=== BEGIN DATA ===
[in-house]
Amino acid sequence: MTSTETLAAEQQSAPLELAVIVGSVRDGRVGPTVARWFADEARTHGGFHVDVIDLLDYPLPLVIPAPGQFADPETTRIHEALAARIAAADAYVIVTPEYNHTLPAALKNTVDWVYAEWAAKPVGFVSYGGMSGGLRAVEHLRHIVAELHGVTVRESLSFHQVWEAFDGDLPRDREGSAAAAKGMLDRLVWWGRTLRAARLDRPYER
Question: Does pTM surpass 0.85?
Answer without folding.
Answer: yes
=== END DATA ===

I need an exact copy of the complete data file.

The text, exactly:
[in-house]
Amino acid sequence: MTSTETLAAEQQSAPLELAVIVGSVRDGRVGPTVARWFADEARTHGGFHVDVIDLLDYPLPLVIPAPGQFADPETTRIHEALAARIAAADAYVIVTPEYNHTLPAALKNTVDWVYAEWAAKPVGFVSYGGMSGGLRAVEHLRHIVAELHGVTVRESLSFHQVWEAFDGDLPRDREGSAAAAKGMLDRLVWWGRTLRAARLDRPYER
Question: Does pTM surpass 0.85?
Answer without folding.
Answer: yes